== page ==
MANY executives subscribe to the mistaken belief that once their businesses become financially -capitalised they automatically become competitive.
The Human Capital Telescope with Brett Chulu
This fatal misconception is perhaps, being fuelled by the current dry spell of capital and liquidity. Executives and boards seem to be elevating capital-raising agendas at the expense of an equally, if not more powerful business matter; the raising or preservation of organisational capital or organisational culture.
We believe that some organisations are riding on the coattails of past organisational culture and investment efforts of erstwhile executives who ran these enterprises generations ago. Many confuse a brand with the name of the brand. Worse, some think brands are corporate logos, colours and icons. A name, logo, colour or icon used to identify a brand is just an identity tag and nothing more. Brand is culture. It’s not what the names, colours and logos stand for.
It’s not aspirational. Brand is what you do. It’s what an organisation delivers consistently to its stakeholders, its culture so to speak. We are afraid organisations may be holding on to names that once identified what the organisation , in the long past, used to do well and were well-known for. A famous saying in military history (paraphrased) aptly describes this; “The singing is French but the marching is British”.
We will share a few cases from our personal observations and experiences to highlight why focusing on financial capital or even acquiring superior talent at the expense of organisational culture is not a wise business decision.
Culture increases profit margins
Two powerful corporate brands were located next to each other, literally separated by a wall. One corporate brand decided to diversify its retail offerings by stocking some of the product lines historically known to be offered by their neighbour. Overnight the two became competitors. To win business away from their neighbour, the encroaching neighbour decided to undercut retail prices by a significant margin.
Surprisingly, the low-balling pricing strategy failed to draw customers to the Johnnie-come-lately neighbour. What’s intriguing is that the newcomer was selling product brands similar to the ones stocked next door. Customers were willing to buy similar product brands next door despite these being significantly priced higher. That might be puzzling if you have not come to understand the economic power of an outstanding organisational culture.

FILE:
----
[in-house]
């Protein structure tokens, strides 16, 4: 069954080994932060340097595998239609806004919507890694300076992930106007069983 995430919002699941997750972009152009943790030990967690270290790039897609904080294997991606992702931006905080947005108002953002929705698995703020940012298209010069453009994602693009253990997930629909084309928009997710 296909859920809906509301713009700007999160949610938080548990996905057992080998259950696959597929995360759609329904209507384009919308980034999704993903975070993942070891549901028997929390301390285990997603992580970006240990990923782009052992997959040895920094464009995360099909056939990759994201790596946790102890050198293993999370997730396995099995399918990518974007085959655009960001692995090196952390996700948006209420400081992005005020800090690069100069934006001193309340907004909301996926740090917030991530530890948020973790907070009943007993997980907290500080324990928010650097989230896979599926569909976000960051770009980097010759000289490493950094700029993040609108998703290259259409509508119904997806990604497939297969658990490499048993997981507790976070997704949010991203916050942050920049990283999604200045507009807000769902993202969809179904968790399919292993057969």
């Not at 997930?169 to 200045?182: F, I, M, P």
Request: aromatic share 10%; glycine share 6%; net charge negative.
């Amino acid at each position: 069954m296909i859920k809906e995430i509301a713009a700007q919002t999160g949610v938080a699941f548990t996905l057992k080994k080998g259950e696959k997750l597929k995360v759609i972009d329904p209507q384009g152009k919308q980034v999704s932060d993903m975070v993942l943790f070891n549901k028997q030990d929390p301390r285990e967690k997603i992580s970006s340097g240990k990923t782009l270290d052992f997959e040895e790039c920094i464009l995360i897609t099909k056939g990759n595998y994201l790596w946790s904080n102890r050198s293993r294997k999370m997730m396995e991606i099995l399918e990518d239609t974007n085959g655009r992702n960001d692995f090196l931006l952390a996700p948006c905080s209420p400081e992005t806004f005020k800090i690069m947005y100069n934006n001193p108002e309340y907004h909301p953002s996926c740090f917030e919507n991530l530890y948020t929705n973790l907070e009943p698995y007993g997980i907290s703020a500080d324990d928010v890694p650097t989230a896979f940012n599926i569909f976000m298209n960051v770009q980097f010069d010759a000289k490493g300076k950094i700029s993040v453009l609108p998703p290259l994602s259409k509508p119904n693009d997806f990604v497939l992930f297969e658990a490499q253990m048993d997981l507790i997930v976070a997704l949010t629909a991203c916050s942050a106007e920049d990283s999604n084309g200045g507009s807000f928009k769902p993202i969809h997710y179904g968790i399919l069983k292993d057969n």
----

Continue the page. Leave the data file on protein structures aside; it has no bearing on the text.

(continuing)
Given that these were two very, very powerful corporate brands, located next to each other, the difference in the business performance of similar product offerings cannot reside in financial and locational advantages.
Taking into account that the products came from the same supplier, things like warranties cannot account for the anomaly. The difference does not even reside in talent. The difference lies in organisational cultures. The competitor who managed to ward off the challenge from a powerful neighbour was well-known for customer intimacy. Customer intimacy is much deeper than customer service. The encroaching neighbour, due to the nature of its commodity-based retail experience, had neither the natural bent nor the incentive to invest in customer intimacy.
It gets even more enthralling on two fronts. Firstly, a powerful product brand sold by two different retailers commands different prices. What this means is that customers who purchased the same product brand at a significantly higher price point were buying something else intangible. This intangible quality explains the premium.
That premium in this instance was due to the organisational culture of customer intimacy. As can be seen, a monetary value can be attached to organisational culture. We cannot escape the conclusion that organisational culture has tangible economic value. Conversely, on the basis of the case in question, a poor organisational culture yields a discount.
Secondly, we learn that similar product brands may not be similar in the minds of customers. Put graphically, a brand new original Samsung Galaxy smartphone sold in company X and a similar one sold in company Y may not be similar in the minds of customers. In their psyches , the same smartphone is an X Samsung Galaxy and a Y Samsung Galaxy. The company with a better organisational culture or reputation may successfully sell the same phone at a premium.
In such a case financial muscle is rendered a hygienic factor, a mere entry ticket into the game.
Culture attracts and retains customers
We have also come across numerous cases where competitors with bigger pockets lose customers to competitors with less-endowed pockets. We know of first-hand cases in which customers put off by poor cultures have placed business with competitors offering superior cultures. In many of the cases, customers were willing to wait for products that were out of stock which, ironically, were readily obtainable from the competitor with a poor culture.
That’s how powerful organisational culture is. Again, organisational culture can be quantified in monetary terms i.e. lost and won sales.
Culture beats talent
What we have learnt is that organisations that are cash rich can use their financial muscle to attract, more accurately, poach experienced and skilled employees away from competitors.
Reflect on it
Executives should know that successful capital-raising efforts at the expense of building organisational culture will be met with a rude awakening in the consumer markets.
Chulu is a Strategic HR consultant who is pioneering innovative Strategic HR practices in both listed and unlisted companies. — firstname.lastname@example.org.